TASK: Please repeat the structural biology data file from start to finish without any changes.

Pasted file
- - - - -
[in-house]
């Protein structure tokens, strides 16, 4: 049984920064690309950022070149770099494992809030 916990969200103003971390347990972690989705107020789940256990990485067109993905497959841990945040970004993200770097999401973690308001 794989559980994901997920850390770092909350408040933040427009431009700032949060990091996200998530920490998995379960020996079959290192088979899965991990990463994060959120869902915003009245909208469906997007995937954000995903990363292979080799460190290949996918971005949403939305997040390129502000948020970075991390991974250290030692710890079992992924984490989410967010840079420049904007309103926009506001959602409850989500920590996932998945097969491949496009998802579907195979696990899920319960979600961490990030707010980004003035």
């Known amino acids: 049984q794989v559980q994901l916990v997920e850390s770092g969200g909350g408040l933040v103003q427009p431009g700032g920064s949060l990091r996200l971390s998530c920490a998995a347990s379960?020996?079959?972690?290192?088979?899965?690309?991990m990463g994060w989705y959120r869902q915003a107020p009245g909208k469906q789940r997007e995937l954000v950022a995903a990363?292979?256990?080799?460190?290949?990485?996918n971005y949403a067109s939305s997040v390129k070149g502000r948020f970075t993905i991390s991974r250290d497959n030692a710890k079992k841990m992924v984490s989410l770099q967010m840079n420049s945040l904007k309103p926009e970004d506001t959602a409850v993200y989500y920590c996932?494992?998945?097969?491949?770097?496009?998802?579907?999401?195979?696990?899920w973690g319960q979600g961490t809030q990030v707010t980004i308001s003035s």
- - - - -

[in-house]
């Protein structure tokens, strides 16, 4: 049984920064690309950022070149770099494992809030 916990969200103003971390347990972690989705107020789940256990990485067109993905497959841990945040970004993200770097999401973690308001 794989559980994901997920850390770092909350408040933040427009431009700032949060990091996200998530920490998995379960020996079959290192088979899965991990990463994060959120869902915003009245909208469906997007995937954000995903990363292979080799460190290949996918971005949403939305997040390129502000948020970075991390991974250290030692710890079992992924984490989410967010840079420049904007309103926009506001959602409850989500920590996932998945097969491949496009998802579907195979696990899920319960979600961490990030707010980004003035």
């Known amino acids: 049984q794989v559980q994901l916990v997920e850390s770092g969200g909350g408040l933040v103003q427009p431009g700032g920064s949060l990091r996200l971390s998530c920490a998995a347990s379960?020996?079959?972690?290192?088979?899965?690309?991990m990463g994060w989705y959120r869902q915003a107020p009245g909208k469906q789940r997007e995937l954000v950022a995903a990363?292979?256990?080799?460190?290949?990485?996918n971005y949403a067109s939305s997040v390129k070149g502000r948020f970075t993905i991390s991974r250290d497959n030692a710890k079992k841990m992924v984490s989410l770099q967010m840079n420049s945040l904007k309103p926009e970004d506001t959602a409850v993200y989500y920590c996932?494992?998945?097969?491949?770097?496009?998802?579907?999401?195979?696990?899920w973690g319960q979600g961490t809030q990030v707010t980004i308001s003035s």